Without metrics, you don’t have a handle on your software development team. Insight into what your team is working on, what the team has completed, and how your code performs in testing and production is critical to your team’s success. With the right data, you can evaluate your performance and make adjustments. Without it, you can’t improve since you don’t know where to start.
Getting valuable metrics and putting them to work isn’t always easy, though. First, you need to select the right ones. Then, you need to find the right tools for collecting analytic information and turning it into useful reports. If your team is using Jira, you’re looking for Jira analytics integrations.
In this post, we’ll discuss three of the best Jira analytic integrations. These integrations work with your Jira data and present you with metrics you can use to monitor your team’s progress and make the adjustments you need to help it improve.
Then, we’ll talk about a few key Jira metrics and how they can help you. Finally, we’ll wrap up with how LinearB can help you with your development metrics.
Jira is a project management tool with a broad set of reporting features. It has built graphs, a powerful query language, and features that help you tag, sort, and categorize project artifacts. But it’s a project management system that tries to be everything to everyone. So, it’s no surprise that to get advanced Jira analytics, you’ll need to look at integrations.
Arsenale Dataplane is a Jira plugin that adds advanced data reporting to your Jira Data Center or on-premises server. It’s not compatible with Jira Cloud. Since Dataplane integrates directly with your Jira server, it integrates well with Jira’s user security and query capabilities. Also, its reports update in real time since they operate directly on the Jira database.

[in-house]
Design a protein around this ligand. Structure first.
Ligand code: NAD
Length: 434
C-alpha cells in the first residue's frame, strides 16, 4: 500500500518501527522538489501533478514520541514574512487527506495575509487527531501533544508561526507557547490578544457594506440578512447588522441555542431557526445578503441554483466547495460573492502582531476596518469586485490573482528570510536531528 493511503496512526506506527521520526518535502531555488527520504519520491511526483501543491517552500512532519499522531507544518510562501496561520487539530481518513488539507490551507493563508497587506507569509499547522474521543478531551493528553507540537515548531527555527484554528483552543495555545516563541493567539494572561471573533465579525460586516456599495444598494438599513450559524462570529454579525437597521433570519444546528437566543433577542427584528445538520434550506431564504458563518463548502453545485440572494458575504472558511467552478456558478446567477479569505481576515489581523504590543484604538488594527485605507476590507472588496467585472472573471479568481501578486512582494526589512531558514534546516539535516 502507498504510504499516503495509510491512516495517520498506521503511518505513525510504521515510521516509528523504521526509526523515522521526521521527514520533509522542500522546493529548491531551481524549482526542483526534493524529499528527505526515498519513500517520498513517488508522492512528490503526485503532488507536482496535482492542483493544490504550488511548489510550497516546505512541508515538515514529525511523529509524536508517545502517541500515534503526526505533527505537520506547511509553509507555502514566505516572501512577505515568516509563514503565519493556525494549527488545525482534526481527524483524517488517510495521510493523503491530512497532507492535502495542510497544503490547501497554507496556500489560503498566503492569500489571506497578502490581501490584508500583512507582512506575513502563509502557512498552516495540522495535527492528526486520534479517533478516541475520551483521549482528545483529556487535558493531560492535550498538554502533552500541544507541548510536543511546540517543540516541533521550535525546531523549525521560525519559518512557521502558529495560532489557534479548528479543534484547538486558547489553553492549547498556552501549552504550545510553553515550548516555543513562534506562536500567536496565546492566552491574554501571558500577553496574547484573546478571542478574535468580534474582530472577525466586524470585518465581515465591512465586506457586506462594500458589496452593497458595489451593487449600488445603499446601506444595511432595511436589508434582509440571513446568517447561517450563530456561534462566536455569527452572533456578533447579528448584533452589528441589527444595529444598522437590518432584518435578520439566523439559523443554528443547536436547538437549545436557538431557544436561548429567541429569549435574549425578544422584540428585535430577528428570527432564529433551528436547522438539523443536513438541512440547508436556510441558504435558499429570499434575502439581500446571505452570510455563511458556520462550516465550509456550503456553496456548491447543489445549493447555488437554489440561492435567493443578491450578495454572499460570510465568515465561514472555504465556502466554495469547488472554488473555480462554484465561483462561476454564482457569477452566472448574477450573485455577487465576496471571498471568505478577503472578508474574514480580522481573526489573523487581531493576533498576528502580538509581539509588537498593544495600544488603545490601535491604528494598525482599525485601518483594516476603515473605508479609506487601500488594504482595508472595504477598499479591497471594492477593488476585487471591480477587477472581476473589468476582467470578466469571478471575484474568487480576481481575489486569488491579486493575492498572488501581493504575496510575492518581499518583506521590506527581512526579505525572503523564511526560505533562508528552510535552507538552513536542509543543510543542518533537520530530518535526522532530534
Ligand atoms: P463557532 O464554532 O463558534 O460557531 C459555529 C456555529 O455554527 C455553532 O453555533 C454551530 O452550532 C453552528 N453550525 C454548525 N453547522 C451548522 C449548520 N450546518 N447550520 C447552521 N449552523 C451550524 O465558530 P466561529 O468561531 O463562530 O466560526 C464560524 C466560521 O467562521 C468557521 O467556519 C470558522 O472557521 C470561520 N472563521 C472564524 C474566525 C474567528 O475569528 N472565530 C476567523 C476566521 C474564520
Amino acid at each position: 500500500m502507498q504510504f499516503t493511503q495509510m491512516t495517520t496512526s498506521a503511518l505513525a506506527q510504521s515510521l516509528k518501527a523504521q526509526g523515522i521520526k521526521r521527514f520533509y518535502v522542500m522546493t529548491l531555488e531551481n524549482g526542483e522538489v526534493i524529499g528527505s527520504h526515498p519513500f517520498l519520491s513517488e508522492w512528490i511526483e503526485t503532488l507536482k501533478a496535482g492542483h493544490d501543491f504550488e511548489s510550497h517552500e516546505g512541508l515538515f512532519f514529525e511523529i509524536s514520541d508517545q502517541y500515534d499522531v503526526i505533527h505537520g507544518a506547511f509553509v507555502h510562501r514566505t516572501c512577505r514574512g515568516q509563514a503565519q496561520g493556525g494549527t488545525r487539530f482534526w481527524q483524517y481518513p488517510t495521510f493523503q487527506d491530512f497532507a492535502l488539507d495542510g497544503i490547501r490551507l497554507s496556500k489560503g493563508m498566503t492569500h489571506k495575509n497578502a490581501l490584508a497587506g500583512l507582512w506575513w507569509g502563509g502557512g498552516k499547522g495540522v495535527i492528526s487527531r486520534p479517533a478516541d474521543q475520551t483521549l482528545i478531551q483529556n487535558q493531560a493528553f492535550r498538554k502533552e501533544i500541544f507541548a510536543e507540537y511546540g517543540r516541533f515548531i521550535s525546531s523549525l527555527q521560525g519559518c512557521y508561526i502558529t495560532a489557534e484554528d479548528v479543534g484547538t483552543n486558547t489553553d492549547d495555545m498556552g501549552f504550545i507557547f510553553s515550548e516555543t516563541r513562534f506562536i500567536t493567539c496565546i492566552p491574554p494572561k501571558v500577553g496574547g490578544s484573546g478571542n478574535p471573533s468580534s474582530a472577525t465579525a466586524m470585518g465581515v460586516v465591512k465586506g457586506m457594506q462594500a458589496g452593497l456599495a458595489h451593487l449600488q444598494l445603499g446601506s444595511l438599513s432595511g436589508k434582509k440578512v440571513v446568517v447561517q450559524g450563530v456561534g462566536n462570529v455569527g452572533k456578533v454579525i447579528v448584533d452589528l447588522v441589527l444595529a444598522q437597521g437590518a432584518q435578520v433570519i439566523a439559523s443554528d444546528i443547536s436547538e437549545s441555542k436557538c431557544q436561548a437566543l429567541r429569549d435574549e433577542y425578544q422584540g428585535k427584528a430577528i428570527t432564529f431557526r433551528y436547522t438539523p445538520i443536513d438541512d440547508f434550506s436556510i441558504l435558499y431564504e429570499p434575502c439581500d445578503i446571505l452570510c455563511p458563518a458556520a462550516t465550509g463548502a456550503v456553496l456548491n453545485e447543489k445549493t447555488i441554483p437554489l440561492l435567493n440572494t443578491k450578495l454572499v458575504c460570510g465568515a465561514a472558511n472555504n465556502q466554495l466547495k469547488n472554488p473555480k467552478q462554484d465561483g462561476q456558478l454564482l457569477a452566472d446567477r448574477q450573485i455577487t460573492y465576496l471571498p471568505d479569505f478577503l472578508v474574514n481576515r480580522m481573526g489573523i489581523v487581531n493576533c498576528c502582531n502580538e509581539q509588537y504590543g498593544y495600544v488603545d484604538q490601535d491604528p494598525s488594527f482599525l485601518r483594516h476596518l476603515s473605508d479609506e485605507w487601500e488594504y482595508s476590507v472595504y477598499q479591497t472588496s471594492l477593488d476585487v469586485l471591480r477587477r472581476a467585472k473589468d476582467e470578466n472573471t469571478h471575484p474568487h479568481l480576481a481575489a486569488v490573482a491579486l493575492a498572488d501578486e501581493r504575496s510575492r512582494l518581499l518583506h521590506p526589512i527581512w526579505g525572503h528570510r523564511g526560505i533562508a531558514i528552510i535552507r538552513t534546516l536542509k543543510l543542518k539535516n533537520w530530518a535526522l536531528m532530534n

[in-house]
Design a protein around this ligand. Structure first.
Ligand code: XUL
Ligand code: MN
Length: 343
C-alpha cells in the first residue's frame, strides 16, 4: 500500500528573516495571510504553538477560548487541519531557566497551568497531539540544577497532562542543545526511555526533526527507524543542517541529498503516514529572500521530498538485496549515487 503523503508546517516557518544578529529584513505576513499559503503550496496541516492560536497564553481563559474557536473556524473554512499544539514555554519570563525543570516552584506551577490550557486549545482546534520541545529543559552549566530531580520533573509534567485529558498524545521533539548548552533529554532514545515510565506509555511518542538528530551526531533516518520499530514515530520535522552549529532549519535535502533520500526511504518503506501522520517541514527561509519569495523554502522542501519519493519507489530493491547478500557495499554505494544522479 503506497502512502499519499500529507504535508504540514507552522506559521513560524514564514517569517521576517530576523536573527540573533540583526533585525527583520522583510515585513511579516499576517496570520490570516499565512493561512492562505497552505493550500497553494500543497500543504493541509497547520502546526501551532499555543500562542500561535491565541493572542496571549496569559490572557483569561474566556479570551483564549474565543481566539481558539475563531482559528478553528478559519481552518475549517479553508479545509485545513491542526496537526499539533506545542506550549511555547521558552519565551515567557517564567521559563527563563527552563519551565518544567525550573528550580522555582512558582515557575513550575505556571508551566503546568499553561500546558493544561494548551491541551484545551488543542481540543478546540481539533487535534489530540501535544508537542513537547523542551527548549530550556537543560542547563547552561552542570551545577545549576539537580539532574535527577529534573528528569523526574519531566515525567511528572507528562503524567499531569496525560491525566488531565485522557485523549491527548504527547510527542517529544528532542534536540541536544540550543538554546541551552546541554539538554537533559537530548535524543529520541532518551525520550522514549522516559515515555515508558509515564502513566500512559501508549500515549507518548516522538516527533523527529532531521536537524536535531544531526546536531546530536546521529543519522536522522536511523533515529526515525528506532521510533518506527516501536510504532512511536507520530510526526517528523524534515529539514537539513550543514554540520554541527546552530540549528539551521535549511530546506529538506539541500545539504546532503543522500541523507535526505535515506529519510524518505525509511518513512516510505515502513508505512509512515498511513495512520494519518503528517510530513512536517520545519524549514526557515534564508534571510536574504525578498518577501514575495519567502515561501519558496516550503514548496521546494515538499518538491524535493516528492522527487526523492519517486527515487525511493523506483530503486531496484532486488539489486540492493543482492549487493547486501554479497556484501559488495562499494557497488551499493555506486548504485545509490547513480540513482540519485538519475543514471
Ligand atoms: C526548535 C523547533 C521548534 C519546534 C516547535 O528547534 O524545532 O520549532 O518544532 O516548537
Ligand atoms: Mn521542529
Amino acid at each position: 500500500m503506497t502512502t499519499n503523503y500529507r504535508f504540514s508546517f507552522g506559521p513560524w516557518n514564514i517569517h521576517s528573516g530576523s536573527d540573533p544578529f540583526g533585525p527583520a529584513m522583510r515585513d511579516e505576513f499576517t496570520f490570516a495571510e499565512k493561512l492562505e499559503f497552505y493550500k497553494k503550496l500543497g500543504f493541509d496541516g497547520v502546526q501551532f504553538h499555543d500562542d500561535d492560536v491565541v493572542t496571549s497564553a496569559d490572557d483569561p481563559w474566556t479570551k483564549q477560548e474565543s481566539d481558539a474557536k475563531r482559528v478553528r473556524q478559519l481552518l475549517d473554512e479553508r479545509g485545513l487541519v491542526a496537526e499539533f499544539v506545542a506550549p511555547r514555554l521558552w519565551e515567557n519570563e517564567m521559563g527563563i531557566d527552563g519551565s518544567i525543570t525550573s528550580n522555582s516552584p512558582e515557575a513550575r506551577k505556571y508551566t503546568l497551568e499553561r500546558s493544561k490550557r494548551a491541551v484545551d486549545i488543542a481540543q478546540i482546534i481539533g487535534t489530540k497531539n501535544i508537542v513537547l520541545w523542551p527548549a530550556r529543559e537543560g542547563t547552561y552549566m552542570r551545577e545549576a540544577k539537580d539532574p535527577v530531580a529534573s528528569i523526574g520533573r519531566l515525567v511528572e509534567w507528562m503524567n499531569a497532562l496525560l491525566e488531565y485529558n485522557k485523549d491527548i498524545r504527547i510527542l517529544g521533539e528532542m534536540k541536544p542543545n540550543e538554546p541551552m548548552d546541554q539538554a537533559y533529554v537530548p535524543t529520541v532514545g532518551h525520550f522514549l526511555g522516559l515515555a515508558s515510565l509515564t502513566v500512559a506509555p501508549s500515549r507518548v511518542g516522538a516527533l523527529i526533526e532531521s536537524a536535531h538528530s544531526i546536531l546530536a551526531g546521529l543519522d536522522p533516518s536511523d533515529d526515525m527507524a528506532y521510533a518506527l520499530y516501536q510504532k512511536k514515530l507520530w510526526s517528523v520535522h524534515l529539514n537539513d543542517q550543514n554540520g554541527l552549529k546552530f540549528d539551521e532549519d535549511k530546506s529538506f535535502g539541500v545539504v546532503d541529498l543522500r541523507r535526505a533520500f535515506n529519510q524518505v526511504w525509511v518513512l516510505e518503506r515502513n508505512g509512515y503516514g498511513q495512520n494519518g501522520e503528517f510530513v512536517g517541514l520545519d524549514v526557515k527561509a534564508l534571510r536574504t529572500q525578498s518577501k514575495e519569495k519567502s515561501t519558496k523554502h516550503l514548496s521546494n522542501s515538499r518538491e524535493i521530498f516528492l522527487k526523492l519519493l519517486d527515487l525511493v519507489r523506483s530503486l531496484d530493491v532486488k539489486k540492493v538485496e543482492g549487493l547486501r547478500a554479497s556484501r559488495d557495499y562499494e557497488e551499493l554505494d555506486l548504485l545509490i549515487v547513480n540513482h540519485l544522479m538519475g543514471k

Dataplane comes with an extensive set of configurable reports. They’re available “out of the box” with no configuration required, but you can adjust some simple options to suit your needs. Dataplane’s reports boast a much broader set of options than Jira’s. Dataplabne also works with Jira’s built-in filters so that the reports will integrate well with your projects and issue schemas.
EazyBI is a Jira analytics tool for creating custom reports with data imported from a variety of sources. You can use it to work with data from Jira, Confluence, SQL, REST APIs, and many other applications. With eazyBI, you can build custom reports with an intuitive drag-and-drop interface and a powerful query language. Unlike Dataplane, eazyBI works with imported Jira data, so the reports are not live. However, eazyBI supports cloud Jira and allows you to integrate data from multiple sources into your reports.
The drag-and-drop interface makes it easy to create comprehensive reports, dashboards, and charts. You can also make gadgets to embed back onto Jira and Confluence. EazyBI comes with a large library of drop-in reports to get you started. You can customize eazyBI’s graphs and charts, or create your own, with the MDX query language. EazyBI uses the MDX language to write their library charts, and their editor makes it easy to customize them yourself.
Simple Reports and Timesheets for Jira
Report and Timesheets (formerly AIO Reports and Timesheets) is another drag-and-drop reporting tool for Jira. Like Dataplane, it’s a plugin that integrates directly with your Jira server. But, it works with both cloud and self-hosted Jira servers. Similar to eazyBI, you can build custom reports with its drag-and-drop interface. However, since Report and Timesheets runs on your Jira server, the reports update in real time.